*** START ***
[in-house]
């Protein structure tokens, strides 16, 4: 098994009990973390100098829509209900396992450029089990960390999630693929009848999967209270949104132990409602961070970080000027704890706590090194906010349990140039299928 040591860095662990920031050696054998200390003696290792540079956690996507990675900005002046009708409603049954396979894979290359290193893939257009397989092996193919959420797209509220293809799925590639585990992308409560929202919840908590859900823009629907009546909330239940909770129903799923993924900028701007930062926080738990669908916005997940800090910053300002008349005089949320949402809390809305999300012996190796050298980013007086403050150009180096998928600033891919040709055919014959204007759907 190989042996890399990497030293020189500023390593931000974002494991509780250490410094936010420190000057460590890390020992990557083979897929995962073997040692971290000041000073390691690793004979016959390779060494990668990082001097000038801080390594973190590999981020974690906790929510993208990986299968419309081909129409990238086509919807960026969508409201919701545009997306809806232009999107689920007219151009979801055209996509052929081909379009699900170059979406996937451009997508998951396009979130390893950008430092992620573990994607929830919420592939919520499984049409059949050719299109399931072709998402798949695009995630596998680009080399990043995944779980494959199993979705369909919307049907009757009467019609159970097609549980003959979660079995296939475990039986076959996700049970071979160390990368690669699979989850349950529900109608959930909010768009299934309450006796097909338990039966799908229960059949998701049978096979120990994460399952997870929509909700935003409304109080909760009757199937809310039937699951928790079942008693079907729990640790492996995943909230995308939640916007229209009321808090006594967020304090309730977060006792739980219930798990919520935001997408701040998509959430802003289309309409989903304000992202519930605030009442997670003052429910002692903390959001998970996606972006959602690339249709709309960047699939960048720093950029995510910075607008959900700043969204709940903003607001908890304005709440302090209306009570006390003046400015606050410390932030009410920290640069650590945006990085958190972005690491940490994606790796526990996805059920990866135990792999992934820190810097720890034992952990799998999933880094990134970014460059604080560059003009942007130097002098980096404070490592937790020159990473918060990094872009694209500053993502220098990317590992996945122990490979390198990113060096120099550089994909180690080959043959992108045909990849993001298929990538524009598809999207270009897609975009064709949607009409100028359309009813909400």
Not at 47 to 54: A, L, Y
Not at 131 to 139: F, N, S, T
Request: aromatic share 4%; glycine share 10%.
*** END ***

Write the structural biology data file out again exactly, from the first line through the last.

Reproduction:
[in-house]
């Protein structure tokens, strides 16, 4: 098994009990973390100098829509209900396992450029089990960390999630693929009848999967209270949104132990409602961070970080000027704890706590090194906010349990140039299928 040591860095662990920031050696054998200390003696290792540079956690996507990675900005002046009708409603049954396979894979290359290193893939257009397989092996193919959420797209509220293809799925590639585990992308409560929202919840908590859900823009629907009546909330239940909770129903799923993924900028701007930062926080738990669908916005997940800090910053300002008349005089949320949402809390809305999300012996190796050298980013007086403050150009180096998928600033891919040709055919014959204007759907 190989042996890399990497030293020189500023390593931000974002494991509780250490410094936010420190000057460590890390020992990557083979897929995962073997040692971290000041000073390691690793004979016959390779060494990668990082001097000038801080390594973190590999981020974690906790929510993208990986299968419309081909129409990238086509919807960026969508409201919701545009997306809806232009999107689920007219151009979801055209996509052929081909379009699900170059979406996937451009997508998951396009979130390893950008430092992620573990994607929830919420592939919520499984049409059949050719299109399931072709998402798949695009995630596998680009080399990043995944779980494959199993979705369909919307049907009757009467019609159970097609549980003959979660079995296939475990039986076959996700049970071979160390990368690669699979989850349950529900109608959930909010768009299934309450006796097909338990039966799908229960059949998701049978096979120990994460399952997870929509909700935003409304109080909760009757199937809310039937699951928790079942008693079907729990640790492996995943909230995308939640916007229209009321808090006594967020304090309730977060006792739980219930798990919520935001997408701040998509959430802003289309309409989903304000992202519930605030009442997670003052429910002692903390959001998970996606972006959602690339249709709309960047699939960048720093950029995510910075607008959900700043969204709940903003607001908890304005709440302090209306009570006390003046400015606050410390932030009410920290640069650590945006990085958190972005690491940490994606790796526990996805059920990866135990792999992934820190810097720890034992952990799998999933880094990134970014460059604080560059003009942007130097002098980096404070490592937790020159990473918060990094872009694209500053993502220098990317590992996945122990490979390198990113060096120099550089994909180690080959043959992108045909990849993001298929990538524009598809999207270009897609975009064709949607009409100028359309009813909400």
Not at 47 to 54: A, L, Y
Not at 131 to 139: F, N, S, T
Request: aromatic share 4%; glycine share 10%.